Representatives of the Arkansas Sheriffs Association, including Sebastian County Sheriff Bill Hollenbeck, met with Gov. Mike Beebe and other state officials to discuss ways to tackle the state’s jail overcrowding problem.
On March 21, Hollenbeck, along with Pulaski County Sheriff Doc Holladay and Sheriffs Association Executive Director Ronnie Baldwin went to the Governor’s Office in Little Rock to speak with Beebe and members of his staff, accompanied by Sheila Sharp, Arkansas Department of Community Correction director, and Benny Magness, Arkansas Board of Corrections chairman.
The sheriffs outlined their concerns about jail overcrowding at the county level, and shared suggestions on how to go about fixing the problem at the state level, Hollenbeck said.
Jail overcrowding became a magnified problem after the state’s parole system was overhauled last year as a direct result of the May 2013 shooting death of 18-year-old Forrest Abrams of Fayetteville. Darrell Dennis, 47, was arrested in connection with the shooting after he had been released on parole, according to an Arkansas News Bureau report.
The result of the overhaul was a surge in parole violators being sent back to state prison. The state has more than 17,000 inmates, with about 2,700 waiting to be incarcerated, Department of Correction spokeswoman Shea Wilson said in a March 23 Times Record report.
The strain has been especially hard on many county jails, where a number of state inmates have been sent because of a lack of space at state facilities. About half of the inmates at the Sebastian County Adult Detention Center at any given time are from the state, Hollenbeck said.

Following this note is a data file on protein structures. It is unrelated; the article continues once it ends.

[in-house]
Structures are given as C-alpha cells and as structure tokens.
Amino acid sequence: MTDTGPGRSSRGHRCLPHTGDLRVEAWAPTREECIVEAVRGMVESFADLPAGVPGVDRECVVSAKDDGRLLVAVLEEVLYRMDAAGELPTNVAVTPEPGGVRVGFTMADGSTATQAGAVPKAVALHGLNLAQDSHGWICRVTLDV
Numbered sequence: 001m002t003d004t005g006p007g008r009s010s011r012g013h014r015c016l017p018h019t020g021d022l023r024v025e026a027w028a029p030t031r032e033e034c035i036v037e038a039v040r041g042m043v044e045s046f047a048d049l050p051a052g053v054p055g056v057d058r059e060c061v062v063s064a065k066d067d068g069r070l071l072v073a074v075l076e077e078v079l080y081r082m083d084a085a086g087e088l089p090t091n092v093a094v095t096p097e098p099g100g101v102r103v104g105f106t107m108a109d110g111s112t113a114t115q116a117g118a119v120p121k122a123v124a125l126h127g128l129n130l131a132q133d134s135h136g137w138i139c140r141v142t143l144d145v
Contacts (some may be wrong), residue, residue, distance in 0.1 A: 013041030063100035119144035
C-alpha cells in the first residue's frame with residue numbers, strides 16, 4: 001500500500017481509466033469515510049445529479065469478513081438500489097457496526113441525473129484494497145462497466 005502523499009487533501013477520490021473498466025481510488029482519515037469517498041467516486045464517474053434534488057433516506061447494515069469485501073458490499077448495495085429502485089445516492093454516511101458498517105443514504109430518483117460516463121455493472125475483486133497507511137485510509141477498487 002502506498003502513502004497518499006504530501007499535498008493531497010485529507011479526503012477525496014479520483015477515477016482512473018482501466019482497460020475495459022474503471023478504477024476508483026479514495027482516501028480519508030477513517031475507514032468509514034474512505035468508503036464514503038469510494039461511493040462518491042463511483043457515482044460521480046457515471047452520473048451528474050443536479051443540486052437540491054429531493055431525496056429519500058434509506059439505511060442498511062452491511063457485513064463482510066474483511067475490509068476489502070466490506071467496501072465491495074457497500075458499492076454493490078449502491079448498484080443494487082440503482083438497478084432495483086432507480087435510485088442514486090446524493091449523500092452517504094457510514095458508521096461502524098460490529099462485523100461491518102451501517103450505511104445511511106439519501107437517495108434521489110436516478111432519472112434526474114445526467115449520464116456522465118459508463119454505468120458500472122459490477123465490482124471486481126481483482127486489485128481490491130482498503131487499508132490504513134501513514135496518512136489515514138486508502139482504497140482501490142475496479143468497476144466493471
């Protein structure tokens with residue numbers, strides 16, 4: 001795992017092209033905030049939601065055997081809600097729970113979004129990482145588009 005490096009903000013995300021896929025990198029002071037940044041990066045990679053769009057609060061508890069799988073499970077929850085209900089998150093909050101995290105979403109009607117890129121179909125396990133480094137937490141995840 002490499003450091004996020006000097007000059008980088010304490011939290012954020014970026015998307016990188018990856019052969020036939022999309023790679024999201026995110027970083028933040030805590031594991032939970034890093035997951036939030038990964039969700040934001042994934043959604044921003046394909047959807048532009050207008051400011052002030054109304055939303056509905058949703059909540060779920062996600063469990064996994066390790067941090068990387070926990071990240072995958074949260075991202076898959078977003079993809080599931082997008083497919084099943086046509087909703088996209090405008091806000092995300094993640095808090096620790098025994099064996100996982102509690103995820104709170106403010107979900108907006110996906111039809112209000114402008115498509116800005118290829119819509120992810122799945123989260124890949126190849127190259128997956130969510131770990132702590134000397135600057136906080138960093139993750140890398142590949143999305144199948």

The key to finding a solution to overcrowding will be for the state to take responsibility and think outside the box, Hollenbeck said Thursday.
“If the sheriffs of Arkansas need to give suggestions, we certainly will,” Hollenbeck said. “But I’m not the director of the Arkansas Department of Correction, or the director of Community Correction — I’m the sheriff of Sebastian County. I can run my jail, but I don’t mean to get into their world. But, by gosh, I’ll be more than happy than to give them suggestions.”
Hollenbeck, Beebe and the other officials discussed a number of options, including outsourcing prisoners to facilities in other states.
“There are prisons in Texas and Louisiana that have plenty of room,” Hollenbeck said. “We could outsource at least the parole violators where it will free up prison beds to get these people out of our jails.”
Another idea would be instead of violating a parolee automatically, the state possibly could enroll the parolee in some type of work program, or split his or her sentence between jail time and community service, Hollenbeck said.
Whatever the outcome of the meeting, Hollenbeck said he hopes to see a concrete idea come to fruition in the near future.
“What I personally requested was that they develop some sort of written plan of action that is going to relieve some of the overcrowding,” he said. “The biggest thing was that we wanted them to acknowledge was that this is their problem and that they need to resolve it.”
Matt DeCample, spokesman for Gov. Beebe, said although nothing definitive came out of the meeting, it opened a discussion that will continue until a solution is put into place.
“(Gov. Beebe) completely understands the situation that the counties are in now, and of course he’s taken what steps he’s been able to try to help and make sure they’re getting paid back as much as possible for the inmates that they’re holding,” DeCample said. “We had a sudden influx that led to this overcrowding, and we need to find a way to alleviate it.”
Although the Legislature this year did not appropriate as much money as the governor requested to alleviate jail overcrowding, DeCample said, it did boost prison funding by $3.1 million and increase reimbursement to county jails for housing state inmates by $7 million, according to a March 11 Arkansas News Bureau report.
Beebe seemed receptive to the ideas brought forth during the meeting, and was especially concerned that among the many problems presented by overcrowded jails is the increased risk to the safety of the deputies assigned to watch over inmates, Hollenbeck said.
“He gave some directives to some of his staff to start researching some of the suggestions that we developed,” Hollenbeck said. “I’m hoping that they’re going to be able to make some of these things happen.”